Saul Goldmen - Professor Emeritus  

Saul Goldman
Professor Emeritus

Department of Chemistry
University of Guelph
Tel: 519-824-4120, Ext. 53830


Research Interests:

Statistical Mechanics, transport theory, and simulations are applied to atoms and molecules in fluid phases and to ions in ion channels. We seek to predict and understand the thermodynamic, structural, spectroscopic and transport properties, of molecules, atoms and ions under conditions that are fundamentally interesting or that are relevant to biology and engineering. A recent interest is the development of improved biophysical models for preventing decompression sickness in scuba diving.

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Academic Background:

B.Sc. 1964,  Honours
Chemistry, McGill

Ph.D., 1969, Chemistry
McGill University


D.W. Ambridge Prize,
1970, McGill University
for top Ph.D. graduate in
Science and Engineering

NSERC Postdoctoral
Fellow, 1969-71
(University of Florida at




Supercritical Fluid Extraction: The work here involves developing a molecular level understanding and predictive theory for the solubility of large molecules in supercritical solvents such as CO2. The focus is on systems relevant to food science.

Theory of Infrared and Raman Spectra in Liquids: The infrared and Raman spectra of molecules in the liquid state, are interpreted theoretically.

Ion Channels: I am involved in a collaborative project whose purpose is to predict by simulation and theory the conductivity and selectivity of ion channel proteins from the basis of atomic scale models. Our first channels are the potassium inward rectifier channel Kir2.1 and KcsA.

Macroscopic Biophysical Modeling. This work involves developing improved tractable biophysical models in an attempt to capture the salient kinetic processes that underlie decompression sickness (DCS) in scuba diving. The initial work involved using interconnected compartmental models that allow for the effect of diffusion-driven dissolved inert gas exchange on the risk of developing DCS.

Ion Channel Research Group

Recent Publications.

J. Hu, S. Goldman, C.G. Gray and H.R. Guy. 2000. Calculation of the Conductance and Selectivity of an Ion-Selective Potassium Channel (IRK1) from simulation of Atomic Scale Models. Mol. Phys. 98, 535-547.

G.W.N. White, S. Goldman and C.G. Gray 2000. Test of Rate Theory Transmission Coefficient Algorithms. An Application to Ion Channels. Mol. Phys. 98, 1871-1885.

B. Tomberly, S. Goldman and C.G. Gray 2001. Predicting Solubility in Supercritical Solvents Using Estimated Virial Coefficients and Fluctuation Theory. Fluid Phase Equilibria 187-188, 111-130.

I.S. Tolokh, G.W.M. White, S. Goldman and C.G. Gray 2002. Prediction of ion channel transport from Grote-Hynes and Kramers theories. Mol. Phys. 100 2351-2359.

N. Alessi, I.S. Tolokh, S. Goldman and C.G. Gray. 2004. Simulation Study of Solvent Shifts of Vibrational Overtone Spectra. Mol. Phys. 102, 2037-2047.

N. Alessi, I.S. Tolokh, S. Goldman and C.G. Gray. 2005. Simulation Study of N2 Overtone Solvent Shifts Using Improved Potentials. Mol. Phys. 103, 2381-2396.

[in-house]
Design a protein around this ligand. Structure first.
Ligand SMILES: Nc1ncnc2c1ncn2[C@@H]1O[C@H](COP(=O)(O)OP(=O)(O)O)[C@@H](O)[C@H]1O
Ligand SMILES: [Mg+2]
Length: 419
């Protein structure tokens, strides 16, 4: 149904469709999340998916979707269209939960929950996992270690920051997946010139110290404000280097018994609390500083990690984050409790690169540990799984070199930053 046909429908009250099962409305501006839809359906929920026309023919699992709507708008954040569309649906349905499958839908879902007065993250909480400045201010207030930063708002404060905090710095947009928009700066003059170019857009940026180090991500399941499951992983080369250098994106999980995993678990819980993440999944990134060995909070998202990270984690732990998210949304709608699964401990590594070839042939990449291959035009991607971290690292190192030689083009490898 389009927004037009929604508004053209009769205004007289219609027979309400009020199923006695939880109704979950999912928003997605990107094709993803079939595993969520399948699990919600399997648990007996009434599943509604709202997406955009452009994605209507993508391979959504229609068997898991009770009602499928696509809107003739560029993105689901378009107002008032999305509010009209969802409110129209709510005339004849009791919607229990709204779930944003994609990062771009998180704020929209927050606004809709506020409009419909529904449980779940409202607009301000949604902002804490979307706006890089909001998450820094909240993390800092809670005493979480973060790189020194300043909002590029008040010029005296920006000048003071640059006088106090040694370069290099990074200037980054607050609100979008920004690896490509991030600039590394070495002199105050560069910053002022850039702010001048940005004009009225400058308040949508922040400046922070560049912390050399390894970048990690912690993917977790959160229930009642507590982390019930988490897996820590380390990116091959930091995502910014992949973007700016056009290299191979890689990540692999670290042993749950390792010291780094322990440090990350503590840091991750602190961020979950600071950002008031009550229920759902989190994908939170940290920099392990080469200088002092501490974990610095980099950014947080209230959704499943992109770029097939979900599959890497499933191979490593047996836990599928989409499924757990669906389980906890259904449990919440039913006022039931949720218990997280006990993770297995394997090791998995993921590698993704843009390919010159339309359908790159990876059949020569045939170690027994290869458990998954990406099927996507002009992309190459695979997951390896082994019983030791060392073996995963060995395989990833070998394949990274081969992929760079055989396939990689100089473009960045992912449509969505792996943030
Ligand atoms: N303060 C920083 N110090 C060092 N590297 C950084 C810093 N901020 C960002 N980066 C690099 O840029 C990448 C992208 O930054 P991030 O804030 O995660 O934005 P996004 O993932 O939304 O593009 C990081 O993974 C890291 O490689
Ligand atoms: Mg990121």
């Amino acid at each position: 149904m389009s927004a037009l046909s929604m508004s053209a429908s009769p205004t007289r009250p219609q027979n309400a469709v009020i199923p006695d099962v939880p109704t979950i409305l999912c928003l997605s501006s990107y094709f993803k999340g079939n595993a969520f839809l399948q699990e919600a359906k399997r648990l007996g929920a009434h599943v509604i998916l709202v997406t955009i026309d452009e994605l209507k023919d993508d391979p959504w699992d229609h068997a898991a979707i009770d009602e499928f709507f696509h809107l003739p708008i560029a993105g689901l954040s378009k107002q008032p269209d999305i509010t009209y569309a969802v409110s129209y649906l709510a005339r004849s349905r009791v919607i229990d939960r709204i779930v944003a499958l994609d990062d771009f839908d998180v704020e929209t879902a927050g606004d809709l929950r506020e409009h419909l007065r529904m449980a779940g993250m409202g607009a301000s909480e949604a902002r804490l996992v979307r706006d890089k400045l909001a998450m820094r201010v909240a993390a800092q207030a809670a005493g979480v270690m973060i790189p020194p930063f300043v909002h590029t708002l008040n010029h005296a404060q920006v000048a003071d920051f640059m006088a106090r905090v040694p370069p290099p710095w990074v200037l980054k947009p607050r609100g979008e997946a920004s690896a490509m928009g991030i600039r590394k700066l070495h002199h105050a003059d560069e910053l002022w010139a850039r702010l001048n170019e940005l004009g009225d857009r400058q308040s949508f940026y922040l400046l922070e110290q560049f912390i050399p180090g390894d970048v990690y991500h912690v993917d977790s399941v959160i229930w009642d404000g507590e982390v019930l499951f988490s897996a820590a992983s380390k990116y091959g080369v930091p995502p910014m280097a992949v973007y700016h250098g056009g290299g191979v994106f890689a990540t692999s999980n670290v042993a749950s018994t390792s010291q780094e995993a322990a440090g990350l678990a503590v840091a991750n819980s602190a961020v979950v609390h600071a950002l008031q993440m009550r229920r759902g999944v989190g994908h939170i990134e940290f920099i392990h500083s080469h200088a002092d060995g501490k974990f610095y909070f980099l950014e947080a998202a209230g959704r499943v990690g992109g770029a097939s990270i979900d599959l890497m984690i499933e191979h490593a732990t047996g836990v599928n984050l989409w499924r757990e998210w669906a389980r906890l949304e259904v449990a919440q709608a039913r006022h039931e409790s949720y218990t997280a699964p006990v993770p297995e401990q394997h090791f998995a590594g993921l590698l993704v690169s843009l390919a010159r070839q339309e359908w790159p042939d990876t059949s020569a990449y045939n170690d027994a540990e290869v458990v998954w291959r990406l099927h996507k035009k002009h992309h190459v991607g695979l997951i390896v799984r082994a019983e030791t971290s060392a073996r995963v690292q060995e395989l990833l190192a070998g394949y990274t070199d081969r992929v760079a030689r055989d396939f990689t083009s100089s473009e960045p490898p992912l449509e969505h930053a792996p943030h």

N. D’Avanzo, H.C. Cho, I.I. Tolokh, R. Pekhletski, I.S. Tolokh, C.G. Gray, S. Goldman and P.H. Backx. 2005. Conduction Through the Inward Rectifier Potassium Channel, Kir2.1 is Increased by Negatively Charged Extracellular Residues. J. Gen. Physiology. 125, 493-503.

I.S. Tolokh, I.I. Tolokh, H.C. Cho, N. D’Avanzo, P.H. Backx, S. Goldman and C.G. Gray. 2005. Non-Michaelis-Menten Kinetics Model for Conductance of  Low-conductance Potassium Ion Channels. Physical Review E, 71,02191(9).

B. Tomberli, S. Goldman, C.G. Gray, M.D.A. Saldana and F. Temelli. 2006. Using solute structure to predict solubility of organic molecules in supercritical carbon dioxide. Journal of Supercritical Fluids. 37,333.

Igor S. Tolokh, Saul Goldman and C.G. Gray. 2006. Unified modeling of conductance kinetics for low- and high-conductance potassium ion channels. Phys. Rev. E. 74,011902 (12 pages).

Hendrick W. de Haan, Igor S. Tolokh, C.G. Gray and Saul Goldman. 2006.Nonequilibrium molecular dynamics calculation of the conductance of the KcsA potassium ion channel. Phys. Rev E. 74, 030905 (4 pages).

Saul Goldman. 2007. A new class of biophysical models for predicting the probability of decompression sickness in scuba diving. J. Appl. Physiology. Articles 103, 484-493.

Saul Goldman. 2007. Appendices and Additional Materials for J. Appl. Physiol. 103, 484-493.

Saul Goldman. 2008. The stability of bubbles formed from supersaturated solutions, and homogeneous nucleation of gas bubbles from solution, both revisited. J. Phys. Chem. B. 112, 16701-16709.

Saul Goldman. 2009. Generalizations of the Young-Laplace equation for the pressure of a mechanically stable gas bubble in a soft elastic material. J. Chem. Phys. 131, 184502.

Saul Goldman. 2010. Free energy wells for small gas bubbles in soft deformable materials. J. Chem Phys. 132, 164509.

J.M. Solano-Altamirano and Saul Goldman. 2014.The lifetimes of small arterial gas emboli, and their possible connection to Inner Ear Decompression Sickness. Mathematical Biosciences, 252, 27-35.

J.M. Solano-Altamirano and Saul Goldman. 2015. Gas bubble dynamics in soft materials. Soft Matter, 11, 202-210.

Saul Goldman and J.M. Solano-Altamirano. 2015. Decompression sickness in breath-hold diving and its probable connection to the growth and dissolution of small arterial gas emboli. Math. Biosc., 262, 1-9.

J.M. Solano-Altamirano and Saul Goldman. 2015. Thermodynamic stability in elastic systems: Hard spheres embedded in a finite spherical elastic solid. European Physical Journal E. 38 : 133, pp1-13.

Published Magazine Articles.

Saul Goldman and Ethel Goldman. Coming soon to a dive computer near you. Alert Diver (European Edition, IVth Quarter, 2010).

Saul Goldman and Ethel Goldman. To Stop or not to Stop...and why. Diver (Vol 37 No 6, 2012)